For modification and remandment -- Chief Justice Weintraub and Justices Jacobs, Francis, Proctor, Hall, Schettino and Mountain. Opposed -- None. The opinion of the Court was delivered by Weintraub, C.J.
[60 NJ Page 206] Defendant was convicted of murder in the second degree. The Appellate Division reversed, holding the trial court should have directed an acquittal on the ground of insanity at the time of the killing. The matter was remanded to determine whether insanity continues, defendant to be discharged if sane and to be committed if his insanity persists. 114 N.J. Super. 470 (1971). We granted the State's petition for certification. 58 N.J. 596 (1971). Although we find error in the trial court's charge requiring a new trial as to the defense of insanity, we agree with the trial court that that issue was for the jury.
Defendant and his victim, John Tomlinson, were students at Trenton State College. They were friends. The details of their relationship were not developed at the trial. We know that on October 18, 1969, a few hours before the homicide, they purchased hunting knives. One was used in the murder.
Defendant stabbed Tomlinson 66 times. Defendant apparently hurried from the scene when some young men happened along. He later appeared at a hospital where he asked the night supervisor whether a policeman was there, saying he wanted to talk to the police about a "murder." When the police arrived, defendant said he wanted to report a murder, that it was a stabbing, and that he did it. Defendant asked to see a psychiatrist. The witnesses as to defendant's behavior at the hospital described him as calm but tense, a police officer adding that "I didn't figure he was crazy, but I didn't think he was all there." Defendant wrote upon two sheets of paper while waiting for the police. Upon one he said he wanted to see a psychiatrist; the writing upon the other was meaningless. Defendant later gave a statement to the State Police, which the defense offered on its case as a predicate for a psychiatric opinion.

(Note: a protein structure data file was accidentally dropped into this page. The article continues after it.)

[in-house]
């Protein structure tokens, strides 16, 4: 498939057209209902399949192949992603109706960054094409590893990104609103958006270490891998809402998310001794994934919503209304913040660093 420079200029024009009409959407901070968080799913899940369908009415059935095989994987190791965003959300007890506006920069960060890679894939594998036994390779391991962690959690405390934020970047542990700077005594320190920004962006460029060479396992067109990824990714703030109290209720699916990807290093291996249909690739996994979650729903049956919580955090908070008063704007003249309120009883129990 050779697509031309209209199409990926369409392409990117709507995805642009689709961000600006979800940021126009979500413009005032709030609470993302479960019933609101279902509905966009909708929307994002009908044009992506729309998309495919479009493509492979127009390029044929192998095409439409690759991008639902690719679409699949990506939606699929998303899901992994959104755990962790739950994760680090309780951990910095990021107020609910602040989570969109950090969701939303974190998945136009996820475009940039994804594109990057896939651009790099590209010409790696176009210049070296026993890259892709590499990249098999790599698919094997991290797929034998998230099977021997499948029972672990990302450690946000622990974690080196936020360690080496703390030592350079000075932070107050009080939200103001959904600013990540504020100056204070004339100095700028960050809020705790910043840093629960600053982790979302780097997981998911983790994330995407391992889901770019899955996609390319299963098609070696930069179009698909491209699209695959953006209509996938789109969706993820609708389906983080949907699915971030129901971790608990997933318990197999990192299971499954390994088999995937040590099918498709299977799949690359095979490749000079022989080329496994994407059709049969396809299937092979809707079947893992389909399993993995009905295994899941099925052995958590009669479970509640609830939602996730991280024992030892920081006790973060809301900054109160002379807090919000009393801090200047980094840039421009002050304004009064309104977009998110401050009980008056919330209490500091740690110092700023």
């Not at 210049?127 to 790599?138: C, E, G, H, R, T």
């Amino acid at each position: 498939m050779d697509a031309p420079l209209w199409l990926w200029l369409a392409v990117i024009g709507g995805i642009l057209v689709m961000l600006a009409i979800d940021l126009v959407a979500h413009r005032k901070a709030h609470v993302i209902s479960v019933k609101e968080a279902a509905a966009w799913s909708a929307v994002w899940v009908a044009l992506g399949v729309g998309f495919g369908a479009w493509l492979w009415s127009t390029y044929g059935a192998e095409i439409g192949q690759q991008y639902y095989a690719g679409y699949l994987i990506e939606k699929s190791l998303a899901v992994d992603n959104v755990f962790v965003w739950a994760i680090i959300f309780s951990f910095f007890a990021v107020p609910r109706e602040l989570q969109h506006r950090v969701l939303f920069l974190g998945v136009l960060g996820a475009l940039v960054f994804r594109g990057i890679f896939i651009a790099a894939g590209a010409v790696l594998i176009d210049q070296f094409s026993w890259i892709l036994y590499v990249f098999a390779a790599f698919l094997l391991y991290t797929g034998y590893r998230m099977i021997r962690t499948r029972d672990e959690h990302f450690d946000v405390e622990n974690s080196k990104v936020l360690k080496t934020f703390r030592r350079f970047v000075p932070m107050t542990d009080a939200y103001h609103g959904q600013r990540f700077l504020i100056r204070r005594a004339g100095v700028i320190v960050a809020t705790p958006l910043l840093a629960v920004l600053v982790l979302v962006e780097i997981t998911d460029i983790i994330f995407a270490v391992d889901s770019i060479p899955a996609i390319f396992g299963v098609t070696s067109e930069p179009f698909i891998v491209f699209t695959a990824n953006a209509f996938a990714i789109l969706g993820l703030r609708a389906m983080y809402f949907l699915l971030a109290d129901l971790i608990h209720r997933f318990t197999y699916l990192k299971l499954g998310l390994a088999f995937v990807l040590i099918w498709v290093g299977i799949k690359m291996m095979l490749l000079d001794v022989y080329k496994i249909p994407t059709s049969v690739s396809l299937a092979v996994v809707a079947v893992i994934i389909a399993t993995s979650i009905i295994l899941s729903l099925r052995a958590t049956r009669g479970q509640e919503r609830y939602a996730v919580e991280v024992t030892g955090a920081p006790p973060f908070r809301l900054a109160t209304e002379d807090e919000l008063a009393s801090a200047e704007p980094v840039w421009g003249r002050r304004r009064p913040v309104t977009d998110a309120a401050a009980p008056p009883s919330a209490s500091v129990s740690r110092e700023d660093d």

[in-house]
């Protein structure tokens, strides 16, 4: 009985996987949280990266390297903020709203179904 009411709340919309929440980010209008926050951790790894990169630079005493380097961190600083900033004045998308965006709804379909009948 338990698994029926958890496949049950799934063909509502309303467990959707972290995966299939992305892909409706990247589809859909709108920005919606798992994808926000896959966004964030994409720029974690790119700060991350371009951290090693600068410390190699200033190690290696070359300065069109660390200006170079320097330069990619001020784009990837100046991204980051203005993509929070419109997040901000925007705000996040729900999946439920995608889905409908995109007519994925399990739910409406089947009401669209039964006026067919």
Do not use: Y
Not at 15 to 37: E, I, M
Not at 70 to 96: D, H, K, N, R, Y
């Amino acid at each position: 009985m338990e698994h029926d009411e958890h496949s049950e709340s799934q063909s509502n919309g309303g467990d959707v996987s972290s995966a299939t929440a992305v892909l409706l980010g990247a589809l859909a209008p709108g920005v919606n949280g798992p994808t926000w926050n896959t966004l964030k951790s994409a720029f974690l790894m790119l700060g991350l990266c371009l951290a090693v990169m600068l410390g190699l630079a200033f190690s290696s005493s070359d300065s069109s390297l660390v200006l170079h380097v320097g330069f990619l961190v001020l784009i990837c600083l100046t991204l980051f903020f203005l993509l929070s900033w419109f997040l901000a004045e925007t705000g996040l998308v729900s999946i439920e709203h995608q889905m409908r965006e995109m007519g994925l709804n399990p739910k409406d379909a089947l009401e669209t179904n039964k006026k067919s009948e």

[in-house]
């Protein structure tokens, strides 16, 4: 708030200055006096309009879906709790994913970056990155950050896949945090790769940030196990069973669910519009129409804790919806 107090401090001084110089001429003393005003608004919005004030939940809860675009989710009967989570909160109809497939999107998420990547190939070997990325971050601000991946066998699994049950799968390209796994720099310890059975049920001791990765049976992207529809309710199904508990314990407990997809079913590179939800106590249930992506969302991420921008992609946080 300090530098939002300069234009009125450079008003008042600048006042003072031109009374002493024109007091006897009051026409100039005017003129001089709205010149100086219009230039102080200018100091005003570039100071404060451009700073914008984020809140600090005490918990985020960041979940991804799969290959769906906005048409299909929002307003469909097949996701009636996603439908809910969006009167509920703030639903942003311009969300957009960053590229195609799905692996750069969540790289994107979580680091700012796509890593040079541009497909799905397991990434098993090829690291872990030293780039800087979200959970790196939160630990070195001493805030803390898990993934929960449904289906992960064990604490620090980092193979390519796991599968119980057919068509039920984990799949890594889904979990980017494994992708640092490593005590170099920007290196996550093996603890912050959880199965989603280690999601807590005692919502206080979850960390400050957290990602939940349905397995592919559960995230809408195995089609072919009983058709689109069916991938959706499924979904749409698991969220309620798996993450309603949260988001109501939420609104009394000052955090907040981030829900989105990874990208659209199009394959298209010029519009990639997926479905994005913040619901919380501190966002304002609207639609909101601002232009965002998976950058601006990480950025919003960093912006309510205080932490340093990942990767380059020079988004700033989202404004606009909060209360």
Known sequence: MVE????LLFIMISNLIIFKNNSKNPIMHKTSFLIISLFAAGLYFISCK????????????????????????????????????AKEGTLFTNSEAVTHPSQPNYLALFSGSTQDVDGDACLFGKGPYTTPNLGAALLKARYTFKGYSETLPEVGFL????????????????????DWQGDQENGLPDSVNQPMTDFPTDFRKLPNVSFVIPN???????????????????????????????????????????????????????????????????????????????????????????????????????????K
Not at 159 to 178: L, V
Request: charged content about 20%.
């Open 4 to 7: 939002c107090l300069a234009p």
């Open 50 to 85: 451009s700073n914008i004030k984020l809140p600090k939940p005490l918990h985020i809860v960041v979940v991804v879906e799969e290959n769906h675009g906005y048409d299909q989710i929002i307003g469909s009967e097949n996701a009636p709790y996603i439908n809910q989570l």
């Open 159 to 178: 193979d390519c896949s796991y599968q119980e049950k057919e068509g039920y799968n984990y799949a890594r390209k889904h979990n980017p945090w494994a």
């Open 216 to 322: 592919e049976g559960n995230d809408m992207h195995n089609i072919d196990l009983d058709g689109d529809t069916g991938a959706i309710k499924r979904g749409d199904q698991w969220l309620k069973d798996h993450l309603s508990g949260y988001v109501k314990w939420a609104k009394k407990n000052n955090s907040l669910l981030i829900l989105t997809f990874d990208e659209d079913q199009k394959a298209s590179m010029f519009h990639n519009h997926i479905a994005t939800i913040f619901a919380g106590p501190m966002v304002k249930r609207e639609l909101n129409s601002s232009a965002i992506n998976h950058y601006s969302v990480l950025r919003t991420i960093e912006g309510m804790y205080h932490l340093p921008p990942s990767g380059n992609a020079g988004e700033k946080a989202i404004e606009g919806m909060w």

There was no dispute that defendant killed Tomlinson. The only real issue, as phrased by the defense, was "temporary insanity." It was claimed that defendant killed in a psychotic episode during which he was legally insane. The psychiatrists agreed that this was so but their opinions depended upon defendant's extra-judicial statements as to why he killed the deceased and as to delusions he said attended the event.
Defendant, however, did not testify. If he had, the jury would not have had to believe his account, and especially in the light of the facts recited above from which it could be inferred that defendant knew he had committed "murder" and wanted to report that fact to the police. That
the psychiatrists relied upon defendant's extra-judicial statements of course did not establish their truth. On the contrary, if the psychiatrists depended upon those statements, their opinions were vulnerable on that account. See State v. DiPaolo, 34 N.J. 279, 293 (1961); State v. Trantino, 44 N.J. 358, 370-371 (1965), cert. denied, 382 U.S. 993, 86 S. Ct. 573, 15 L. Ed. 2d 479 (1965). Defendant alone was in a position to supply the proof and he did not.*fn1
In State v. Lucas, 30 N.J. 37 (1959), we held a psychiatrist may testify as to what the defendant told him if the psychiatric opinion depended upon the fact that the defendant said what he said or the manner in which it was said. But we stressed that if the psychiatric opinion rested upon the factual content of the defendant's statement, the value of the expert opinion would depend upon independent proof of the truth of that content. In the words of Lucas, 30 N.J. at 79-80: